Saturday’s Holiday Loop will make 21 bus stops for 38 arts venues in and near downtown.
Want to buy local gifts and support the arts? Saturday’s Holiday Loop will make 21 bus stops for 38 artsy venues in and near downtown. Among the stops the free shuttle will make are at two buildings at which groups of artists and crafters will sell their goods. One is the popular University of Toledo art department’s annual sale from noon to 5 p.m., with items made by faculty, students, and alumni at UT’s Center for Visual Arts adjacent to the Toledo Museum of Art. A group of 10 artists/crafters, including three from Hungary, will be in the Macomber Building, 1501 Monroe St., noon to 5 p.m., where there’s plenty of free parking. Buses, running from noon to 5 p.m., will also stop in the Warehouse District, UpTown, and Toledo School for the Arts, 333 14th St. Maps and venues are at theartscommission.org.
Opening with a 4 to 11 p.m. reception Saturday will be Warning Signs, a solo show of new sculpture, painting, and drawing by Tom Lingeman, in the Secor Gallery, 425 Jefferson Ave. “Almost all of the work in the show Warning Signs has never been shown before and much of it, for me, is experimental,” said Lingeman. “I've made Super 8 movies eons ago, but never an HD loop, like a walk in the park that was ‘digitally appropriated’ in New York City. I’m also working with animal forms for the first time, inspired by my little dog Tallie, and I’m infusing this work with many other elements unfamiliar to me. This entire new body of work feels to me as if it might have been made by at least three artists.” Lingeman, of Perrysburg, has taught sculpture, design, and drawing at UT since 1979. The show continues through Dec. 14.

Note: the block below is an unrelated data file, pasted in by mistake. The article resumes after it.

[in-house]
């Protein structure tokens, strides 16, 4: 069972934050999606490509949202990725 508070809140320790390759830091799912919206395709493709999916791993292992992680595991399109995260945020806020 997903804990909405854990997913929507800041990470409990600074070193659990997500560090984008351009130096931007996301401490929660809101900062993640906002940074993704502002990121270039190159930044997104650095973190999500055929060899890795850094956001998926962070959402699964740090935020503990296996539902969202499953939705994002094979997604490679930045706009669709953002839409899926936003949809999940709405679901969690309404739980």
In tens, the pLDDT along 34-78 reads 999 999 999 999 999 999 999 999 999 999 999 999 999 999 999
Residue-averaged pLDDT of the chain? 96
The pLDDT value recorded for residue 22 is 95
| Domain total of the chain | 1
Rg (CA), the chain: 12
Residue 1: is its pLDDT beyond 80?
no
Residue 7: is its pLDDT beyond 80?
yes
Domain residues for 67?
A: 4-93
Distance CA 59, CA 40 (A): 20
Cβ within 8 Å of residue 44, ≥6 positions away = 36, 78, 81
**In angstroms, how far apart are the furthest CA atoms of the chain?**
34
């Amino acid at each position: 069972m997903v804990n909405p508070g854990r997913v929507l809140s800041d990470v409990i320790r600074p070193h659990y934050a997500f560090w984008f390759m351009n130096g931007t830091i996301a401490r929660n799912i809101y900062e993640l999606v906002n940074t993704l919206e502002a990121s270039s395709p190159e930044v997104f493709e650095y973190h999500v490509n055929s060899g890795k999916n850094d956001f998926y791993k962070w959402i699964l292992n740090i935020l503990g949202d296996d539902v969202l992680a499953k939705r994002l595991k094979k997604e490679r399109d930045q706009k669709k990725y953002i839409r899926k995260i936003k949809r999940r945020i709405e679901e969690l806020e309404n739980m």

At the Toledo Museum of Art Friday from 5 to 7 p.m., German artist Wilken Skurk will discuss his Guest Artist Pavilion Project (GAPP), which began in early November and is his first residency in the United States. Born in Dresden in 1966 and then living in the former Eastern Germany, Skurk studied sculpture at the Academy of Fine Arts in Berlin, graduating in 2001 from the master class of professor David Evison. As with his teacher’s classical approach to sculpture, Skurk’s work has a hybrid quality: built from visually contrasting materials. He often juxtaposes concrete and glass, the visible and the invisible. While the opaque sections of cast concrete are hollow, the transparent glass sections are cast solid and assigned structurally supporting roles. His talk will be in the Glass Pavilion GlasSalon.
This and other works by Chicago-based artist Andrei Rabodzeenko can be seen at River House Arts in downtown Perrysburg Nov. 22 through Jan. 10.
Now & Ever, new and recent paintings by Andrei Rabodzeenko, will open with a 5 to 8 p.m. reception Nov. 22 in River House Arts, 114 W. Front St., Perrysburg. In this collection, Rabodzeenko continues exploring the classical traditions. It will be on view through Jan. 10. Information: 419-494-6536 and river-house-arts.com.
The new Wassenberg Art Center will open with a 1 to 5 p.m. open house Sunday at 214 S. Washington St. in Van Wert. On view will be its 24th annual Artists' Exhibit & Sale, continuing through Dec. 20. The center is in the former Van Wert Armory which was completely renovated. In front of the building is a new 12-foot-tall portal created from hand-forged steel by sculptor Michael Bendele of Delphos. Exhibit hours are 1 to 5 p.m. Tuesday through Sunday. Information: email@example.com and 419-238-6837.
An ornament-decorating contest for ages 5 to 13 is at the Clayful Art Paint Your Own Pottery Studio, 26 N. 3rd St. in Waterville and continues through Dec. 3. Ornaments cost $12 to make and studio time is available from 10 a.m. to 6 p.m. Wednesday through Saturday or by reservation. The prize is a basket of gift certificates from Waterville businesses. Information: 419-260-6579.
Send items for News of Art two weeks before the event Tahree Lane at: firstname.lastname@example.org or 419-724-6075.